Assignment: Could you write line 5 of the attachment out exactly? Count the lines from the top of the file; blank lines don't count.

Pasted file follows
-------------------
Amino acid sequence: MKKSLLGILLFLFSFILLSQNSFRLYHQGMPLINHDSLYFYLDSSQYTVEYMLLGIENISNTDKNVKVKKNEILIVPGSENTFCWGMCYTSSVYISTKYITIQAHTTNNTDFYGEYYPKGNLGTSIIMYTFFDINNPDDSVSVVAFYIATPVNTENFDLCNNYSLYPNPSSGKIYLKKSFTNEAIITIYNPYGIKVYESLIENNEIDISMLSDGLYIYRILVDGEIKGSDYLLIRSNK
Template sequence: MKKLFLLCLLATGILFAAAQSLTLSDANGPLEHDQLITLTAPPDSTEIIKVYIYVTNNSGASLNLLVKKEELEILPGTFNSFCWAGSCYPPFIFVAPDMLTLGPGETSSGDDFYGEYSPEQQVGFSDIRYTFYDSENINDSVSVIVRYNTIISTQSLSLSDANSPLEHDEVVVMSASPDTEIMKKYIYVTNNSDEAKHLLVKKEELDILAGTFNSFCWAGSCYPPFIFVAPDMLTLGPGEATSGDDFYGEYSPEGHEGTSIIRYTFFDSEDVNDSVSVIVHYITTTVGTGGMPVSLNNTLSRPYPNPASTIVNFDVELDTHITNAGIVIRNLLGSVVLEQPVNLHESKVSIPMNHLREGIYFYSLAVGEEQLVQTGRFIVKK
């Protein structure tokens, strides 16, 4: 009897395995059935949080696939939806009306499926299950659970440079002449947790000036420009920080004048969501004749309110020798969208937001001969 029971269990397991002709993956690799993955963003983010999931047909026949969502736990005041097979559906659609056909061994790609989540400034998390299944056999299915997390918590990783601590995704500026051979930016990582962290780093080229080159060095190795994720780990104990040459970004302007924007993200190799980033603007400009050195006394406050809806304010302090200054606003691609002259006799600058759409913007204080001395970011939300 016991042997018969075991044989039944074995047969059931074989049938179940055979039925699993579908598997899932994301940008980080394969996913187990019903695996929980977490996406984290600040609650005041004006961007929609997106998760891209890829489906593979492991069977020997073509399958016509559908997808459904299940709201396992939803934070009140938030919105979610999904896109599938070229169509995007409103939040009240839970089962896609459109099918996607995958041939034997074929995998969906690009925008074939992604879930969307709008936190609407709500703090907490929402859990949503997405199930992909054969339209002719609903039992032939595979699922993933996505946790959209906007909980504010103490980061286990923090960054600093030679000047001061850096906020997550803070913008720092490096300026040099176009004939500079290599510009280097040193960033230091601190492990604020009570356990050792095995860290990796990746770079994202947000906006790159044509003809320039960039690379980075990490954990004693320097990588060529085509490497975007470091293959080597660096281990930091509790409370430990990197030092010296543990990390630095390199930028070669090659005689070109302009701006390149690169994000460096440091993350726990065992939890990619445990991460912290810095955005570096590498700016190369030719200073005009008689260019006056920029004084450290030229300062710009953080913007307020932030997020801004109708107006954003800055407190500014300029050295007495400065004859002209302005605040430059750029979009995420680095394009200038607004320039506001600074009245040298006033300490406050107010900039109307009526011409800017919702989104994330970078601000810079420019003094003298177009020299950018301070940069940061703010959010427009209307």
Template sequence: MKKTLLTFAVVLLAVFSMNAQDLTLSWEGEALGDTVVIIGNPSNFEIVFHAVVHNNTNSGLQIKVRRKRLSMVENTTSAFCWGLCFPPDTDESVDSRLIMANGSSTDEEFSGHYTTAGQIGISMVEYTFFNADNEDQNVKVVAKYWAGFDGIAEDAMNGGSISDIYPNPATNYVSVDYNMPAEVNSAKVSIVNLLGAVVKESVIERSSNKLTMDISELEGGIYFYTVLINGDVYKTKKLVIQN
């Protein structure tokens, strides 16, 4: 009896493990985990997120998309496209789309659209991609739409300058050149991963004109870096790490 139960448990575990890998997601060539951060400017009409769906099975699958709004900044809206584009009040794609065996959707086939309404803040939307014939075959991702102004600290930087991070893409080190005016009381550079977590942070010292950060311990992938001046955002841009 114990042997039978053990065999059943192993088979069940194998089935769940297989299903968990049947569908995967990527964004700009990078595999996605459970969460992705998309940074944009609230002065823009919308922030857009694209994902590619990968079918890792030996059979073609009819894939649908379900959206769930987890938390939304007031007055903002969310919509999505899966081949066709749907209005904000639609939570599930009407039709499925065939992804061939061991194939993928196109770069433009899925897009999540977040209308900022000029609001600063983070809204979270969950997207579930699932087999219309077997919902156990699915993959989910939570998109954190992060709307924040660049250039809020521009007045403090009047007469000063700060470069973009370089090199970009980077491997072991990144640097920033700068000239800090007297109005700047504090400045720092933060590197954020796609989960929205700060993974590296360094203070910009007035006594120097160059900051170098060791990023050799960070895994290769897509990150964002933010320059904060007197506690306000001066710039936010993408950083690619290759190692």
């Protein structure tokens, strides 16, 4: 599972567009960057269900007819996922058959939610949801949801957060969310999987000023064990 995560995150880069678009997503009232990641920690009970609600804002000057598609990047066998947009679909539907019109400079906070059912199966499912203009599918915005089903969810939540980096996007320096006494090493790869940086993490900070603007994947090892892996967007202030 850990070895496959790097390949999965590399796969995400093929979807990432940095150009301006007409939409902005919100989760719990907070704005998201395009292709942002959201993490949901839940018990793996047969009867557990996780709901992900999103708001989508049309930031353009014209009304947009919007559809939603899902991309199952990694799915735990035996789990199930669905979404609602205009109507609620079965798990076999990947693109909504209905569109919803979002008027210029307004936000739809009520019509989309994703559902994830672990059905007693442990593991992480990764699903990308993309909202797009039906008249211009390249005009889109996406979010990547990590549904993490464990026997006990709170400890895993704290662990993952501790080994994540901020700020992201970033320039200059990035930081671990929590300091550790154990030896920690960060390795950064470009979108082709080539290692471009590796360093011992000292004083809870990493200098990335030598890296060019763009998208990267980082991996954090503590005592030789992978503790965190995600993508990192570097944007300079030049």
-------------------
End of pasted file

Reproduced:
């Protein structure tokens, strides 16, 4: 009896493990985990997120998309496209789309659209991609739409300058050149991963004109870096790490 139960448990575990890998997601060539951060400017009409769906099975699958709004900044809206584009009040794609065996959707086939309404803040939307014939075959991702102004600290930087991070893409080190005016009381550079977590942070010292950060311990992938001046955002841009 114990042997039978053990065999059943192993088979069940194998089935769940297989299903968990049947569908995967990527964004700009990078595999996605459970969460992705998309940074944009609230002065823009919308922030857009694209994902590619990968079918890792030996059979073609009819894939649908379900959206769930987890938390939304007031007055903002969310919509999505899966081949066709749907209005904000639609939570599930009407039709499925065939992804061939061991194939993928196109770069433009899925897009999540977040209308900022000029609001600063983070809204979270969950997207579930699932087999219309077997919902156990699915993959989910939570998109954190992060709307924040660049250039809020521009007045403090009047007469000063700060470069973009370089090199970009980077491997072991990144640097920033700068000239800090007297109005700047504090400045720092933060590197954020796609989960929205700060993974590296360094203070910009007035006594120097160059900051170098060791990023050799960070895994290769897509990150964002933010320059904060007197506690306000001066710039936010993408950083690619290759190692």